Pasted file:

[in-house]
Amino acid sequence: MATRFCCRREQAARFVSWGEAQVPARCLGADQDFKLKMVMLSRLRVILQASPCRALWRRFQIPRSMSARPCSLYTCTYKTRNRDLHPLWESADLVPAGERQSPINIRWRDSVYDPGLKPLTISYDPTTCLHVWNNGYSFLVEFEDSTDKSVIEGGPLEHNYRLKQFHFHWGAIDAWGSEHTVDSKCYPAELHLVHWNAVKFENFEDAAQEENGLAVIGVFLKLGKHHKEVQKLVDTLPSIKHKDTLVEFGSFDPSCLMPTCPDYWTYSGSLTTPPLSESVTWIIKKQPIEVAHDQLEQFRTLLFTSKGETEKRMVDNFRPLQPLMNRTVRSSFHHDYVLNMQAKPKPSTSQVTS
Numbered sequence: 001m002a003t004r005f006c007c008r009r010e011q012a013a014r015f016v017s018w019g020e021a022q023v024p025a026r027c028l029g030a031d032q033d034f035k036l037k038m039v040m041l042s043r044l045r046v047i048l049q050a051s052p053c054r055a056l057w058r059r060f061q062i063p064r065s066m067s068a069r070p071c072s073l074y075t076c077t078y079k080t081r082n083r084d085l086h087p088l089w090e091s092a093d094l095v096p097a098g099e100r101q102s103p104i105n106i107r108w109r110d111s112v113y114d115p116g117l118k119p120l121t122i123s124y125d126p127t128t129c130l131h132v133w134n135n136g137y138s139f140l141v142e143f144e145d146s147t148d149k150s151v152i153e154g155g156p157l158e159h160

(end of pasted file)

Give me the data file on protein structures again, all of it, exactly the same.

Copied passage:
[in-house]
Amino acid sequence: MATRFCCRREQAARFVSWGEAQVPARCLGADQDFKLKMVMLSRLRVILQASPCRALWRRFQIPRSMSARPCSLYTCTYKTRNRDLHPLWESADLVPAGERQSPINIRWRDSVYDPGLKPLTISYDPTTCLHVWNNGYSFLVEFEDSTDKSVIEGGPLEHNYRLKQFHFHWGAIDAWGSEHTVDSKCYPAELHLVHWNAVKFENFEDAAQEENGLAVIGVFLKLGKHHKEVQKLVDTLPSIKHKDTLVEFGSFDPSCLMPTCPDYWTYSGSLTTPPLSESVTWIIKKQPIEVAHDQLEQFRTLLFTSKGETEKRMVDNFRPLQPLMNRTVRSSFHHDYVLNMQAKPKPSTSQVTS
Numbered sequence: 001m002a003t004r005f006c007c008r009r010e011q012a013a014r015f016v017s018w019g020e021a022q023v024p025a026r027c028l029g030a031d032q033d034f035k036l037k038m039v040m041l042s043r044l045r046v047i048l049q050a051s052p053c054r055a056l057w058r059r060f061q062i063p064r065s066m067s068a069r070p071c072s073l074y075t076c077t078y079k080t081r082n083r084d085l086h087p088l089w090e091s092a093d094l095v096p097a098g099e100r101q102s103p104i105n106i107r108w109r110d111s112v113y114d115p116g117l118k119p120l121t122i123s124y125d126p127t128t129c130l131h132v133w134n135n136g137y138s139f140l141v142e143f144e145d146s147t148d149k150s151v152i153e154g155g156p157l158e159h160